I have read several times that it is found that the MAJORITY of wear is on only one side, because the anti-skate has not been properly adjusted.

Which means: the MAJORITY of vinyl listeners are not getting balanced performance, (audible and stylus/groove wear) from the 1st hour or beginning at some point since a cartridge was improperly factory/dealer aligned, or subsequently adjusted/replaced.

AND those misaligned stylus wear earlier than properly aligned, contributing to the AVERAGE short life they find.

Alignment tools and skills are of vital importance in Vinyl systems.


A spherical stylus (any stylus) does not know what cantilever/cartridge it is on, or how it is mounted (nude or bonded).

Jico says Spherical wear much more quickly than other stylus shapes, based on their research findings, AND quite logical considering the tremendous groove forces are concentrated on the smallest amount of groove wall contact, spherical the least contact area thus highest wear.

The Shibata was developed just because of the wear observed from elliptical styli when developing CD4, in the years just before 1970. In order for an elliptical to track CD4 45khz, exceedingly high VTF was needed, and wear was too high. Shibata improved that a lot, and today several line contacts have equal or even greater contact patch compared to Shibata.
A MicroLine tracking at 2g, for instance. It’s contact patch is much larger

That’s advanced stylus shapes compared to Elliptical which has far more contact surface than spherical.


This is why, On AVERAGE, a more expensive advanced stylus shape does not cost as much over time, their larger contact surface minimizing wear to both itself and your grooves.

IF your stylus lasts 3 times what Jico says, the difference between Spherical and Advanced Stylus Shape is still relative x3, and the cost per hour of an advanced stylus shape is even lower, 3 times lower? At some point the advanced stylus shape is SAVING you money, all the while delivering better performance/less groove wear!!!

No matter what, cartridge alignment is FUNDAMENTALLY CRITICAL.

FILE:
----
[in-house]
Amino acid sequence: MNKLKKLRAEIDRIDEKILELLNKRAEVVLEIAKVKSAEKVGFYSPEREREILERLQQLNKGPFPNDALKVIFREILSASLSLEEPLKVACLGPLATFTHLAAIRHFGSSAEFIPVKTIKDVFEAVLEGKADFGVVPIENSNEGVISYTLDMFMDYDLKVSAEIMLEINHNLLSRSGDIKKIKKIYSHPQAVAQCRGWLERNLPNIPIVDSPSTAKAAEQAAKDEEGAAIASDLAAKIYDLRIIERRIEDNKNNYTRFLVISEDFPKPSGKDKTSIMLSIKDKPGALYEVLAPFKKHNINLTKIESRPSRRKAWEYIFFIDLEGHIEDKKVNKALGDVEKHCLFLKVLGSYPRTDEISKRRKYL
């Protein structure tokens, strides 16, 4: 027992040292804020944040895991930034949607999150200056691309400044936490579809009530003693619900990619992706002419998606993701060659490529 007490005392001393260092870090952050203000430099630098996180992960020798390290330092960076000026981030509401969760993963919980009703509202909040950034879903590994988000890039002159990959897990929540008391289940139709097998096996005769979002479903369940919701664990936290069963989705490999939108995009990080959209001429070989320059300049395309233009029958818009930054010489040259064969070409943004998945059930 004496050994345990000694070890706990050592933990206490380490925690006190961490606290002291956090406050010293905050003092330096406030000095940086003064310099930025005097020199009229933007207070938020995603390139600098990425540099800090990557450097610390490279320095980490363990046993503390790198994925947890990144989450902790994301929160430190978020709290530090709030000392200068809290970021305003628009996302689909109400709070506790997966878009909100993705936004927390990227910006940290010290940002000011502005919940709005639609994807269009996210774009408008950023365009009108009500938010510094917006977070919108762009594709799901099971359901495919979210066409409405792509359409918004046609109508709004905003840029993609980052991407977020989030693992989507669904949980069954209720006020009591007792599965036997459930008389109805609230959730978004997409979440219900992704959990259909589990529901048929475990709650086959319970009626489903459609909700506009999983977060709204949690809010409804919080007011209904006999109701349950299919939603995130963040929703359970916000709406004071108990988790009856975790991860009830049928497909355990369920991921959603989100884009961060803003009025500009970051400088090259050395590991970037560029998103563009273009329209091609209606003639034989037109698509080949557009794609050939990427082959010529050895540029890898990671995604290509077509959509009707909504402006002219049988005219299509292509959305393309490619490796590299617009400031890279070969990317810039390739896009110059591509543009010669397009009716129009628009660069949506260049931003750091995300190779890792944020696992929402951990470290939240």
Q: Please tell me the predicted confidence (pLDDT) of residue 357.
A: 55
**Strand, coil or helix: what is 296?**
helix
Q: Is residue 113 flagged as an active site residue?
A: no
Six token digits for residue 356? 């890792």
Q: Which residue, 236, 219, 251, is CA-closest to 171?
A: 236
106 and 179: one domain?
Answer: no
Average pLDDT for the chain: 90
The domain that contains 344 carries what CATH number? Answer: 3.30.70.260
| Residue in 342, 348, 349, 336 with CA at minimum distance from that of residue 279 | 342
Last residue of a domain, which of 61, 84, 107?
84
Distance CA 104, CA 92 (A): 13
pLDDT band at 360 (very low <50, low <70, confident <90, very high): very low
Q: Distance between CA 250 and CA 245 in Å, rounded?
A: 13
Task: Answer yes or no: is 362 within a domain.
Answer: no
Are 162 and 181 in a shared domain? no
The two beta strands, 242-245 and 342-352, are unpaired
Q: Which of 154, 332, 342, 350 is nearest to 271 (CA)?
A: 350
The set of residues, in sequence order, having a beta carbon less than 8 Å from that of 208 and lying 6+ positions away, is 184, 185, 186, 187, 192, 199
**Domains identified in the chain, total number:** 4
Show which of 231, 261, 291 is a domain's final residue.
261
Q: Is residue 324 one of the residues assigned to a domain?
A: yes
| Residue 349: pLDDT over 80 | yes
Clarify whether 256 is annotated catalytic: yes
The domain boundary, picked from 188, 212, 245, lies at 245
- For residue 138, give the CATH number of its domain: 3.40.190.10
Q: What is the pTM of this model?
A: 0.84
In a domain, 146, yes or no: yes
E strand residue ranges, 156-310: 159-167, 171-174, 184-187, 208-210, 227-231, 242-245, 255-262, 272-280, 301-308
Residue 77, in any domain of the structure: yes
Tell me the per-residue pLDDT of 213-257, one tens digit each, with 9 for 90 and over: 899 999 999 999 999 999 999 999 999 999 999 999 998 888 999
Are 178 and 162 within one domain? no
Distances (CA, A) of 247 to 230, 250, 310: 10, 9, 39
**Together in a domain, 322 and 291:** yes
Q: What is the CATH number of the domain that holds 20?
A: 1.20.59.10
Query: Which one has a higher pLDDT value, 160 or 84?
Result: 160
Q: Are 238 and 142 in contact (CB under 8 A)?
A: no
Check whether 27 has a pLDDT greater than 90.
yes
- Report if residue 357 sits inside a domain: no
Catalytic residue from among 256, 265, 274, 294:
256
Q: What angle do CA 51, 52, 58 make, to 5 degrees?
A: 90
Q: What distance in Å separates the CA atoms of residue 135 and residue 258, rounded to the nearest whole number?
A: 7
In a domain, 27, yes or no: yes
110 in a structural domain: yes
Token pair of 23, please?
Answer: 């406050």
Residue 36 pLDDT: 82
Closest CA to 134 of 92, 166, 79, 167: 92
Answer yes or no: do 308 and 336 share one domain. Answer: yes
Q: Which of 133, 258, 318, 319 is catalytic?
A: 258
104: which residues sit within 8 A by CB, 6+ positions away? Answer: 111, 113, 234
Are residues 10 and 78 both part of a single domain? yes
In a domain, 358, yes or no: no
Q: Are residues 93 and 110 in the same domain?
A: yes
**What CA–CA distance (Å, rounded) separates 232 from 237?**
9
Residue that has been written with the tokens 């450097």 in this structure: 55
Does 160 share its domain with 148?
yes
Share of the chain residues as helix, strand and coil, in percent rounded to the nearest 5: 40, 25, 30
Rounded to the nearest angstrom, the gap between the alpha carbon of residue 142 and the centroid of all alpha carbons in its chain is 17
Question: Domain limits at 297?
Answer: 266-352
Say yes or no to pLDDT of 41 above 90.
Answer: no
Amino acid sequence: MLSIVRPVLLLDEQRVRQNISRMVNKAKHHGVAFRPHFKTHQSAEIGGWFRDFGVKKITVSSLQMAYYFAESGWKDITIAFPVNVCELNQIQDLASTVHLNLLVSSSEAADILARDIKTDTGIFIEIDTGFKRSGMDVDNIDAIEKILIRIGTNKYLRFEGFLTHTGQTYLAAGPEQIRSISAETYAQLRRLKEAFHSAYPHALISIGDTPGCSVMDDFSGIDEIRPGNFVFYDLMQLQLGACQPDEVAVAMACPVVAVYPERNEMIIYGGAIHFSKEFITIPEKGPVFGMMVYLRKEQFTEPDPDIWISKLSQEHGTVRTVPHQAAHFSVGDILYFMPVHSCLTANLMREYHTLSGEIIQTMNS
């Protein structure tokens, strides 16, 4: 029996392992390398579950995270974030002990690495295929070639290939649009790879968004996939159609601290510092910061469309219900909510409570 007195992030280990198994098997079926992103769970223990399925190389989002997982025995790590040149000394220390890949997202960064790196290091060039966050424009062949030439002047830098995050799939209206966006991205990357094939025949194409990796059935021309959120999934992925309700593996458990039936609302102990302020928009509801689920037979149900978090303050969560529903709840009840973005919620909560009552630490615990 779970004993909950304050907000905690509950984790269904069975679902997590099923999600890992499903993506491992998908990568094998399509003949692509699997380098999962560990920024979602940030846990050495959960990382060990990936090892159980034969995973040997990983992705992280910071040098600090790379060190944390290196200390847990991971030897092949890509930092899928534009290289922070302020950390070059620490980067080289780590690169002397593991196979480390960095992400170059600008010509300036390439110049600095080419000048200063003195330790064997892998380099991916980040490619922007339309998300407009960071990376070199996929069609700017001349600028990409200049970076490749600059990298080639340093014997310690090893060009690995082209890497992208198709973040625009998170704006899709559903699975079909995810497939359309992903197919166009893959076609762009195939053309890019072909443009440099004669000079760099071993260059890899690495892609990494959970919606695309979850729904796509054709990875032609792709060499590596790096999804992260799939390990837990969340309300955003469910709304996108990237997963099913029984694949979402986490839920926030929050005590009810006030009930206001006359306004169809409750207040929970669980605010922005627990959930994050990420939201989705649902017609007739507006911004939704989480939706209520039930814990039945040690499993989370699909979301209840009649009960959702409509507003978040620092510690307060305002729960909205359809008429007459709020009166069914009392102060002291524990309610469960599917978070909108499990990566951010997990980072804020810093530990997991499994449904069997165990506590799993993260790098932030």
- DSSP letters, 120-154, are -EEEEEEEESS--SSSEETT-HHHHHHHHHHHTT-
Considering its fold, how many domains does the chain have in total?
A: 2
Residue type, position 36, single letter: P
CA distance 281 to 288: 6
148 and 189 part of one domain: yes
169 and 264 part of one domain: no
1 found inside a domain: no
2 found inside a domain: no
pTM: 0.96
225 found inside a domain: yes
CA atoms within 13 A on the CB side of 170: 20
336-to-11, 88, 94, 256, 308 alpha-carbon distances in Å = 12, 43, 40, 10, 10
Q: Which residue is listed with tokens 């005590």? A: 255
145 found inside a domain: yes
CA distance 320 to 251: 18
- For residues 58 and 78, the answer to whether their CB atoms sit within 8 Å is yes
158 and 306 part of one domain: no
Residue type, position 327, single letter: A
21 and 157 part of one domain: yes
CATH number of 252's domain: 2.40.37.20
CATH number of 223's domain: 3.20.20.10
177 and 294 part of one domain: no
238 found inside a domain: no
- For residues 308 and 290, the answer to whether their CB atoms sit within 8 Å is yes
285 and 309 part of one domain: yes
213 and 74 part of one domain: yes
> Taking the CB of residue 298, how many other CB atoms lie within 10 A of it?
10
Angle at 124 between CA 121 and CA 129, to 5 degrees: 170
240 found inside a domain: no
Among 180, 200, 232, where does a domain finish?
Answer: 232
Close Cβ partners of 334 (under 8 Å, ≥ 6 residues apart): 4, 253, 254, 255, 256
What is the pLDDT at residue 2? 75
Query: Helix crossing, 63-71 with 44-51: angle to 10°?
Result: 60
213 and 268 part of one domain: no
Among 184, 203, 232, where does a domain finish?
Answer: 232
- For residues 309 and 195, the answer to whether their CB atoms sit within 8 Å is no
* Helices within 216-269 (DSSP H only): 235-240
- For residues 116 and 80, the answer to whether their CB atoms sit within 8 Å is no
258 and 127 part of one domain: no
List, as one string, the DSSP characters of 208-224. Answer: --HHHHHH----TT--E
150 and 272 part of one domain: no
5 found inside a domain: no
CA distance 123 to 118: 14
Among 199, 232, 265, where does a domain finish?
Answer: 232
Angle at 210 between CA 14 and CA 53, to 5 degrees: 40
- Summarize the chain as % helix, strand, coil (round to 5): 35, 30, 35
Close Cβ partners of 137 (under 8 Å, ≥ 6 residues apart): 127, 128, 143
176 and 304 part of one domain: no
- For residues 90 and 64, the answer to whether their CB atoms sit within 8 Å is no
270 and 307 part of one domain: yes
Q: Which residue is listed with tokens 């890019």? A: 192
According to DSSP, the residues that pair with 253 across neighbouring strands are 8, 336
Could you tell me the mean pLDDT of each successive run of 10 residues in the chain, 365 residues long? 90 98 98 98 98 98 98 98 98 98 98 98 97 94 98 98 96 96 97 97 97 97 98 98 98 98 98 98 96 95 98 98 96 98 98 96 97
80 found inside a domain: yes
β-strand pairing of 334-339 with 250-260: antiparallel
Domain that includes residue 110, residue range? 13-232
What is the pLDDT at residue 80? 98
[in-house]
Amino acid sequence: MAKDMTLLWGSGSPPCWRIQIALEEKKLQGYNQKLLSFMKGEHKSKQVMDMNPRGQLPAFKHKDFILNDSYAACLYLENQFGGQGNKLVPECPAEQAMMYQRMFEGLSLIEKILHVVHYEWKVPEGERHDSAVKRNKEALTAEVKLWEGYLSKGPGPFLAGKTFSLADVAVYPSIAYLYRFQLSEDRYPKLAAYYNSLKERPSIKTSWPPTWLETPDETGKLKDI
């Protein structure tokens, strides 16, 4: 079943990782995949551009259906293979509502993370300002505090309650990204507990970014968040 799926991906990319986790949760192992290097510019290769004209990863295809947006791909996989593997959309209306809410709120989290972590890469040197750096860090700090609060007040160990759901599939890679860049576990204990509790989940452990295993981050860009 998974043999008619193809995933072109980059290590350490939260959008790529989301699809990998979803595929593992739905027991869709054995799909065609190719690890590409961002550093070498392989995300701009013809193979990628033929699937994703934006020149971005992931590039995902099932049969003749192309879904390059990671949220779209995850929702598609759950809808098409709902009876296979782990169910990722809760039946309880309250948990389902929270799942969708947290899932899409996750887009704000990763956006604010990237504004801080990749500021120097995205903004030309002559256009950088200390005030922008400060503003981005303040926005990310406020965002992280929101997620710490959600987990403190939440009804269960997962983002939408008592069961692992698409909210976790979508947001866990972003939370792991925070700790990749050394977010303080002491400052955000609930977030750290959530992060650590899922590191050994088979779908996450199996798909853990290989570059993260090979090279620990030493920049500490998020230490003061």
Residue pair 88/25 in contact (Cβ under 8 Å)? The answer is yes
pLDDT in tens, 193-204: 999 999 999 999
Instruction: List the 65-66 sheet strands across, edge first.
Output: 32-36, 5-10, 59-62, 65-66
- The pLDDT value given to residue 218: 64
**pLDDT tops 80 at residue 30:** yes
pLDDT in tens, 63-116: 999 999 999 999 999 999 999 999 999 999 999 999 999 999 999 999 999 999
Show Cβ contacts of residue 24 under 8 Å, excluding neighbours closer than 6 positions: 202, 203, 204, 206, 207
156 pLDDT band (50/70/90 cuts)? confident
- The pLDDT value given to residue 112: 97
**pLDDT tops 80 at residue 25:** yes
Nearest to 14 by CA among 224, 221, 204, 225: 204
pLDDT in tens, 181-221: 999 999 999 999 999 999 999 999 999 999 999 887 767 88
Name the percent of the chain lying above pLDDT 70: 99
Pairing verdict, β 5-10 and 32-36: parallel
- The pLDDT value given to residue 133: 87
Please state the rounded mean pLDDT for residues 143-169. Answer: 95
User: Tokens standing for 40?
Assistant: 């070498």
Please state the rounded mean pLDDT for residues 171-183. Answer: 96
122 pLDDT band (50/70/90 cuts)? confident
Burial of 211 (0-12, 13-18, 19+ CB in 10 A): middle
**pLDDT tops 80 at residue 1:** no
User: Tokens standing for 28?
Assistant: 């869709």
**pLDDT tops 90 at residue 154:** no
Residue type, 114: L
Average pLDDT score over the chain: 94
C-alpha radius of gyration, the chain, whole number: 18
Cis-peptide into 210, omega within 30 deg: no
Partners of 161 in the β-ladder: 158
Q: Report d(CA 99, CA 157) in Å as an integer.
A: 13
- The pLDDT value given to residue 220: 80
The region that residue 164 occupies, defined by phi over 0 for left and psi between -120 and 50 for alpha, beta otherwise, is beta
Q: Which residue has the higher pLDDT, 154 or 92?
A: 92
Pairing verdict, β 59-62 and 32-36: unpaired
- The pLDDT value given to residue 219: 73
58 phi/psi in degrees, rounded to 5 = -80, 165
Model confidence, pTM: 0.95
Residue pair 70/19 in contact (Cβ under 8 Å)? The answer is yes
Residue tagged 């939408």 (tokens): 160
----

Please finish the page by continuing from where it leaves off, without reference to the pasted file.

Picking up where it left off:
Back to $12k cartridge: no way is that going to save you money!!!


I have read several times that it is found that the MAJORITY of wear is on only one side, because the anti-skate has not been properly adjusted.

I should have also mentioned improper azimuth as another cause of wear on one side of a stylus.

once again, tools and skills for alignment are critical to success.

In 2023, I visited a friend's to assess a change to the  Signal Path within their Analogue Source, Cart' Tags were now continuous and Phono Cables and Phonostage connectors were low eddy. 

Here is the complexity that was met, by complexity, the element of hard to believe is a good description.

A donor model Cart bought in to be rebuilt was added to the Cart's to be used.

The system owner kept the Cart's condition to himself, but made it known we might be easantly surprised.

The donor Cart' really did impress and was encouraged to run on in ure.

Winding up the session the system owner revealed the Cart had been sold to him as a Cart with well over a 1000hrs of usage. To this day the Cart' has left a indelible impression and made me rethink less harshly about what defines the end of a  Cart's usage life when it is still intact and usable. 


SUCCESS is/was achieved for:

that cartridge, that stylus shape, that tracking weight, that proper alignment in all respects, those new/properly cleaned LPs ...... EVERYTHING ’right’ makes a huge difference, far above Average.


I like low tracking weight

1.0g Shure V15vxmr Shure (max 1.25)

1.25 Shure 97xe; AT440ml; AT14SA; AT TR485U

1.5 Grado Mono

1.7g Goldring Eroica

2.0 AT33PTG/II (both Stereo and Mono versions); Sumiko Talisman S

as you can see, I don’t buy expensive cartridges, but I get excellent sound out of my current variety, which I hope NOT to add to.

Wear is also minimized when you use a variety, but alignment skills are important for initial overhang/null points, then VTA/tracking force/anti-skate each time you change the headshell. Easy and precise arm height adjustment is a gift you give yourself, you can change tracking weight/anti-skating very quickly after a while.

Level always on the TT deck, I re-check tracking/anti-skate every few months anyway. Dust in/on the arm/mite pee in the bearings, who knows

It is worth repeating, the alignment of advanced styli is more critical than spherical or elliptical. Not just for best audible results, also to prevent damage the mis-aligned advanced stylus can make.

The tools are inexpensive, the skills are readily acquired after a few tries, someone showing you hands on very helpful. Confidence grows. I have taught several friends, they handle it themselves now. One ’knows’, has all the tools, done it himself while I was watching, but is still waiting for me to finish recovering from recent heart surgery so I can do it for him. I try not to use the word cowardly ....

Seriously, it is liberating to be able to change/align cartridges. Hands on, making a difference yourself is part of the great enjoyment of Vinyl. Hands on, the lack thereof, was a big part of early unhappiness with CD players.